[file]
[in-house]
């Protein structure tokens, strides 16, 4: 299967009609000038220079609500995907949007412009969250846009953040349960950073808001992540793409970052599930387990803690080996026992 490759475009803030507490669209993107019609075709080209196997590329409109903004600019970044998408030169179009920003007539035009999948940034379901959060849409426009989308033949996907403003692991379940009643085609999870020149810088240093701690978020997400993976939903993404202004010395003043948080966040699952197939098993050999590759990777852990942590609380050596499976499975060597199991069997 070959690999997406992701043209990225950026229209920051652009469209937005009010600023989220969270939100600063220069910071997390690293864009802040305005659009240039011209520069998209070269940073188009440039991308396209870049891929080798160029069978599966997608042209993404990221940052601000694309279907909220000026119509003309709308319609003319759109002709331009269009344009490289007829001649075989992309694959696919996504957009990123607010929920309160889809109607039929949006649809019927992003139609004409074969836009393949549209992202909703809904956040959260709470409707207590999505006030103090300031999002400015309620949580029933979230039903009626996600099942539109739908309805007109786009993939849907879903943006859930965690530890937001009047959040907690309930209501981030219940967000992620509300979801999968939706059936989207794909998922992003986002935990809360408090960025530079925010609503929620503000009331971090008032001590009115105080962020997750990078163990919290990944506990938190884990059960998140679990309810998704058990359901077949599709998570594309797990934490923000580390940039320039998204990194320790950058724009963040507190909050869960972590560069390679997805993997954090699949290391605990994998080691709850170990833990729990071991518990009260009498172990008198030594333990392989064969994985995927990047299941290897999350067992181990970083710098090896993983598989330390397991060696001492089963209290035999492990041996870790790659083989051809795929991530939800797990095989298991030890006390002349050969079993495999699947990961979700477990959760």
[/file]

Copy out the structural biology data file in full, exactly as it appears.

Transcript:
[in-house]
């Protein structure tokens, strides 16, 4: 299967009609000038220079609500995907949007412009969250846009953040349960950073808001992540793409970052599930387990803690080996026992 490759475009803030507490669209993107019609075709080209196997590329409109903004600019970044998408030169179009920003007539035009999948940034379901959060849409426009989308033949996907403003692991379940009643085609999870020149810088240093701690978020997400993976939903993404202004010395003043948080966040699952197939098993050999590759990777852990942590609380050596499976499975060597199991069997 070959690999997406992701043209990225950026229209920051652009469209937005009010600023989220969270939100600063220069910071997390690293864009802040305005659009240039011209520069998209070269940073188009440039991308396209870049891929080798160029069978599966997608042209993404990221940052601000694309279907909220000026119509003309709308319609003319759109002709331009269009344009490289007829001649075989992309694959696919996504957009990123607010929920309160889809109607039929949006649809019927992003139609004409074969836009393949549209992202909703809904956040959260709470409707207590999505006030103090300031999002400015309620949580029933979230039903009626996600099942539109739908309805007109786009993939849907879903943006859930965690530890937001009047959040907690309930209501981030219940967000992620509300979801999968939706059936989207794909998922992003986002935990809360408090960025530079925010609503929620503000009331971090008032001590009115105080962020997750990078163990919290990944506990938190884990059960998140679990309810998704058990359901077949599709998570594309797990934490923000580390940039320039998204990194320790950058724009963040507190909050869960972590560069390679997805993997954090699949290391605990994998080691709850170990833990729990071991518990009260009498172990008198030594333990392989064969994985995927990047299941290897999350067992181990970083710098090896993983598989330390397991060696001492089963209290035999492990041996870790790659083989051809795929991530939800797990095989298991030890006390002349050969079993495999699947990961979700477990959760």